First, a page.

The after-effects of a stroke can be life changing. Paralysis, speech problems and memory loss occur in varying degrees of severity, depending on the location and amount of brain tissue damage. How far a stroke patient can recover is largely determined by the ability of the brain to reorganise itself. Understanding what can improve this ability is therefore essential in developing the best therapies for rehabilitation.
Voluntary physical exercise is known to have a positive effect on a person's overall well-being. It delays memory loss in old age and improves cognitive ability. A new study, published in the open-access journal Frontiers in Aging Neuroscience, has linked the positive effects of exercise on the brains of mice to their better recovery after a stroke.
"Our study suggests that physical exercise can be used as a preventive, as well as a therapeutic approach to aid recovery after a cortical stroke," says Dr. Evgenia Kalogeraki, who conducted this research at the in the laboratory of Prof. Dr. Siegrid Löwel, at Georg-August-University, Germany.
Previous research of the Löwel laboratory has shown that mice growing up in an enriched environment, such as free access to a running wheel and increased cognitive and social stimulation, retain a more youthful brain into adulthood. In their new study, the researchers wanted to see if physical exercise alone could have these benefits, and in addition, protect and potentially rehabilitate the brain after a stroke had occurred.
In order to do this, Kalogeraki and her co-authors used a standard test to assess the brain's 'plasticity' -- its ability to change the way it activates in response to an experience. When the visual input of one eye is compromised for a couple of days, then the part of the brain that processes visual information gets preferentially activated by the other, open eye. The brain's ability to change eye dominance (called ocular dominance plasticity) is age-related, being most pronounced in juvenile animals and completely absent in older mice that have been raised without any stimulation.
As well as confirming existing knowledge about the anti-aging effects of voluntary physical exercise -- older mice that exercised retained the ability to change eye dominance in comparison to those that didn't -- the study also revealed some exciting new findings. Those mice that had free-access to a running wheel were able to maintain ocular dominance plasticity after suffering a stroke, compared to those that didn't.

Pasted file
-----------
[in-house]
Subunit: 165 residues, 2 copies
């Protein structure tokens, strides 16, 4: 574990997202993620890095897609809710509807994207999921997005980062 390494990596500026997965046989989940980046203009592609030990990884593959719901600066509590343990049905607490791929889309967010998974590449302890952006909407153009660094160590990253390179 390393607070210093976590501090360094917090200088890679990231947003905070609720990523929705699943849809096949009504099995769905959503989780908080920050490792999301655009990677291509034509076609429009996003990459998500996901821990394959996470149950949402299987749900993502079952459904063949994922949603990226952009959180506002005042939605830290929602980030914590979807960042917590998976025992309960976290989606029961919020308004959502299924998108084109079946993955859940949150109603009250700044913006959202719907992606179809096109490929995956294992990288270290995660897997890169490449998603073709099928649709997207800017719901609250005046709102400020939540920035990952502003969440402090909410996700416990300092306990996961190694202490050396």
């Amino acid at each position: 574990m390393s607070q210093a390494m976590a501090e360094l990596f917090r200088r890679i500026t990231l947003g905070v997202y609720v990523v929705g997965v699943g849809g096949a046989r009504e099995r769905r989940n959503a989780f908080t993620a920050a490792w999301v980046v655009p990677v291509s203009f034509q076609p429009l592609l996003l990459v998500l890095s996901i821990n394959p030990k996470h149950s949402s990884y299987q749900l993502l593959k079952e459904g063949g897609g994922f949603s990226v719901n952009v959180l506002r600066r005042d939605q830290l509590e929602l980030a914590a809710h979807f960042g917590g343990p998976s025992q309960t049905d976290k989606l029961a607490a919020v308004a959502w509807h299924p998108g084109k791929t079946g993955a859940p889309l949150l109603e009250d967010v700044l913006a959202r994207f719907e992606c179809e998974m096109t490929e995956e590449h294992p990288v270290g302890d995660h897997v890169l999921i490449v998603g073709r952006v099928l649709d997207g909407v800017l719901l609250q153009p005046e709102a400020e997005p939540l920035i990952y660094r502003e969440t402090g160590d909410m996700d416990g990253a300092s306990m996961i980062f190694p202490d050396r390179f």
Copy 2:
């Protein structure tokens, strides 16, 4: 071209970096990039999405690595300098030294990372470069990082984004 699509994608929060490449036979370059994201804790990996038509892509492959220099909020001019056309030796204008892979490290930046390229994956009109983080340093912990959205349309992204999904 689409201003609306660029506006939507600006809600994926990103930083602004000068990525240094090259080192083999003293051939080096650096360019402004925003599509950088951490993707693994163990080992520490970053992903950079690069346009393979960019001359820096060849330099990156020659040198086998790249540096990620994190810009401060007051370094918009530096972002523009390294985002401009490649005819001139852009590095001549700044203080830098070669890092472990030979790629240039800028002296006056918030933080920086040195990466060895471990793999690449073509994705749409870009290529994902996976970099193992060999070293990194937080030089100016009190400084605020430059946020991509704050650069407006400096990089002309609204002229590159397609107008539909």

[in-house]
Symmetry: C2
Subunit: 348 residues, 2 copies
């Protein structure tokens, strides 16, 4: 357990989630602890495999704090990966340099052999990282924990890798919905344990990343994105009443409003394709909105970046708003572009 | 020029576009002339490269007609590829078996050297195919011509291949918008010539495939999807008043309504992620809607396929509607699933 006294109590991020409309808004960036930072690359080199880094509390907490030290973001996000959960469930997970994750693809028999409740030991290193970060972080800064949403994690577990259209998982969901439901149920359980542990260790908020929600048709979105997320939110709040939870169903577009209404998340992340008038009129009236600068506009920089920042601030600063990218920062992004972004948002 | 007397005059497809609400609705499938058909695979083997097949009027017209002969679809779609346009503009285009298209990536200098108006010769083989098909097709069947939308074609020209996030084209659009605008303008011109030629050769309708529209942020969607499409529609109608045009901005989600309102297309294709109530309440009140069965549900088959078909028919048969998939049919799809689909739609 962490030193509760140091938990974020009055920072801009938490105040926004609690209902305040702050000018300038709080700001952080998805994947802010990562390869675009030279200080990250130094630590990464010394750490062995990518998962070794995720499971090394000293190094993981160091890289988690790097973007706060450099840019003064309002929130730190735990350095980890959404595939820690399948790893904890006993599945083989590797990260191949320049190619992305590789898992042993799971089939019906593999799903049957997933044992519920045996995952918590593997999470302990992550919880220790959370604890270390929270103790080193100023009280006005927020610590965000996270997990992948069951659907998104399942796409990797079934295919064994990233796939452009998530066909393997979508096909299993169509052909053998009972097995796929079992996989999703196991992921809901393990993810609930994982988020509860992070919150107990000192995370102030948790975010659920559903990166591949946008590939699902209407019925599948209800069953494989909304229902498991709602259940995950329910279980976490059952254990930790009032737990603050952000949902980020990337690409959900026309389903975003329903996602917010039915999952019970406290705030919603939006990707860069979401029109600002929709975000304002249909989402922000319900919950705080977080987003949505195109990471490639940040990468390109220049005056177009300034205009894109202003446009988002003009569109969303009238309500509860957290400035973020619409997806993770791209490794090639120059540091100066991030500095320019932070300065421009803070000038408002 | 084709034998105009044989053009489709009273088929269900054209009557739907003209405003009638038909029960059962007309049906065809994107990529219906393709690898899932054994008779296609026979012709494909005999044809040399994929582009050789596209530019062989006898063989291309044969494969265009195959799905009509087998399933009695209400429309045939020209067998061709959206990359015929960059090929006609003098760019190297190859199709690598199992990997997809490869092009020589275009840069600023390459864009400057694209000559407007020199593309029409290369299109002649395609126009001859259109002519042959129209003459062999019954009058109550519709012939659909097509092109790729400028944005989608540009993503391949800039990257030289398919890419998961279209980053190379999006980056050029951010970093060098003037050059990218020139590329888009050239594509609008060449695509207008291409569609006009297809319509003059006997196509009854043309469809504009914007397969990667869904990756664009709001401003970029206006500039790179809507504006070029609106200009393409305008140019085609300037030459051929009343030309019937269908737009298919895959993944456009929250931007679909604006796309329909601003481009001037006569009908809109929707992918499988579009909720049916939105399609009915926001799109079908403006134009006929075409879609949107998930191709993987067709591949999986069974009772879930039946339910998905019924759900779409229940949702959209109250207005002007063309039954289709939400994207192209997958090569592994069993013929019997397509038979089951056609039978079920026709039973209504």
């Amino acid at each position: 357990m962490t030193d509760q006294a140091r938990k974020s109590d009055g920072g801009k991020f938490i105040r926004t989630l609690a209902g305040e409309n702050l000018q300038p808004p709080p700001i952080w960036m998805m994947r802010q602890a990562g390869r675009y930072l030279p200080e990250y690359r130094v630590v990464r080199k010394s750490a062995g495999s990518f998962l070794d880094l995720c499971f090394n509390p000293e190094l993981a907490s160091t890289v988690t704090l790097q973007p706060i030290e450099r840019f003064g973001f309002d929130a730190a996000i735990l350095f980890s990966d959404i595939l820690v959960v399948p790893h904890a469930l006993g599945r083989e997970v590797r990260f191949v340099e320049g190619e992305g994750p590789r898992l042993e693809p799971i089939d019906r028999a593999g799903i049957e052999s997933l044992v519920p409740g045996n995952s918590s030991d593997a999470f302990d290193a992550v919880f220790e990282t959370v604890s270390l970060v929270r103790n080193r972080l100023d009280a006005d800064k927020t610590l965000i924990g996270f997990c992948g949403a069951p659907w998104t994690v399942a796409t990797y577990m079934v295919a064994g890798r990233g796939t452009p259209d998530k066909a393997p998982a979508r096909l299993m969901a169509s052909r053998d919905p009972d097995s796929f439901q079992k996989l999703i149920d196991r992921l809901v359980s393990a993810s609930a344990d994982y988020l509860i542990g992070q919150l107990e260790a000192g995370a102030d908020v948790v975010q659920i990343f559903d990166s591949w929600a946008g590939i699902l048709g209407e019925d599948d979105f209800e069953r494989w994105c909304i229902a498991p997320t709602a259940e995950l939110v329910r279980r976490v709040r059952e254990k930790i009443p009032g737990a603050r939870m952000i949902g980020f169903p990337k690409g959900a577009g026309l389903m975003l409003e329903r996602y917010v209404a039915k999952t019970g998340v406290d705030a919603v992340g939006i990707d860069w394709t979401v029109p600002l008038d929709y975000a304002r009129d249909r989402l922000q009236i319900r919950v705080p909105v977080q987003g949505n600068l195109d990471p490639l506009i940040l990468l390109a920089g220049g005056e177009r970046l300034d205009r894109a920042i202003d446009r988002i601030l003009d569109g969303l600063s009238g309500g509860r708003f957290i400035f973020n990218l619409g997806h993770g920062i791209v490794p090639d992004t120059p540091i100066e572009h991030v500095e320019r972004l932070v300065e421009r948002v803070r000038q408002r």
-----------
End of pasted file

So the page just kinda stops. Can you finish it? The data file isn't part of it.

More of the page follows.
"We found that mice with free access to a running wheel throughout their life preserved a more juvenile brain into adulthood and were able to prevent the negative effects of a stroke," reveals Kalogeraki.
That was not all -- in addition, the researchers observed that exercise could even be used therapeutically after suffering a stroke. "We also found that mice with no previous access to a running wheel showed an equally positive recovery if voluntary exercise started after a stroke had occurred," adds Dr. Justyna Pielecka-Fortuna, co-author of the study.
These exciting observations have the potential to provide a simple but effective method to protect and rehabilitate patients that are prone to, or have already suffered, a stroke.
The senior author of this study, has been so inspired by this research she has taken up exercising again. "The fact that the brain can restore its youthfulness by starting physical exercise after a stroke has occurred suggests that it is never too late to benefit from exercise," says Löwel. "I've started cycling again -- what is good for the mice cannot be bad for me!"
It is hoped this research will expand our knowledge of how physical exercise can have such a positive influence on the brain. "We now hope to study the mechanisms underlying exercise-mediated activity changes in the brain, to ultimately better guide studies in humans" concludes Kalogeraki.
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Kalogeraki, E., Pielecka-Fortuna, J., Hüppe, J. M., & Löwel, S. (2016). Physical exercise preserves adult visual plasticity in mice and restores it after a stroke in the somatosensory cortex. Frontiers in Aging Neuroscience, 8. DOI: 10.3389/fnagi.2016.00212/